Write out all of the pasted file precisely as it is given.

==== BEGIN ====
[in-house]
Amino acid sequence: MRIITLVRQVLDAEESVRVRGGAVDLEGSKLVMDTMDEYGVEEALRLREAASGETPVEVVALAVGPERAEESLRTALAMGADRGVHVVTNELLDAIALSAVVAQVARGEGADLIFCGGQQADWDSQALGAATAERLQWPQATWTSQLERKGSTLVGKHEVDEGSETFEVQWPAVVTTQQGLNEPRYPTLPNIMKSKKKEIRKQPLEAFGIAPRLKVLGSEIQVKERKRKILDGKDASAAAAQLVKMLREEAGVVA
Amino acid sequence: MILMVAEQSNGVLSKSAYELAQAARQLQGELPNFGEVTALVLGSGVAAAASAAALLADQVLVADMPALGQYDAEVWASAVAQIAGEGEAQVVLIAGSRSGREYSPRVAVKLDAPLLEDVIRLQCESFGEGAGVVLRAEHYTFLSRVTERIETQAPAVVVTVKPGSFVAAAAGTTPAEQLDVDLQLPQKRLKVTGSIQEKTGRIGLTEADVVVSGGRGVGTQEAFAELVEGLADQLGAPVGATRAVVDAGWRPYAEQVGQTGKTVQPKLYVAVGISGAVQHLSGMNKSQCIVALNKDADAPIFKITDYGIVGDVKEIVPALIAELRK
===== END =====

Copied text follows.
[in-house]
Amino acid sequence: MRIITLVRQVLDAEESVRVRGGAVDLEGSKLVMDTMDEYGVEEALRLREAASGETPVEVVALAVGPERAEESLRTALAMGADRGVHVVTNELLDAIALSAVVAQVARGEGADLIFCGGQQADWDSQALGAATAERLQWPQATWTSQLERKGSTLVGKHEVDEGSETFEVQWPAVVTTQQGLNEPRYPTLPNIMKSKKKEIRKQPLEAFGIAPRLKVLGSEIQVKERKRKILDGKDASAAAAQLVKMLREEAGVVA
Amino acid sequence: MILMVAEQSNGVLSKSAYELAQAARQLQGELPNFGEVTALVLGSGVAAAASAAALLADQVLVADMPALGQYDAEVWASAVAQIAGEGEAQVVLIAGSRSGREYSPRVAVKLDAPLLEDVIRLQCESFGEGAGVVLRAEHYTFLSRVTERIETQAPAVVVTVKPGSFVAAAAGTTPAEQLDVDLQLPQKRLKVTGSIQEKTGRIGLTEADVVVSGGRGVGTQEAFAELVEGLADQLGAPVGATRAVVDAGWRPYAEQVGQTGKTVQPKLYVAVGISGAVQHLSGMNKSQCIVALNKDADAPIFKITDYGIVGDVKEIVPALIAELRK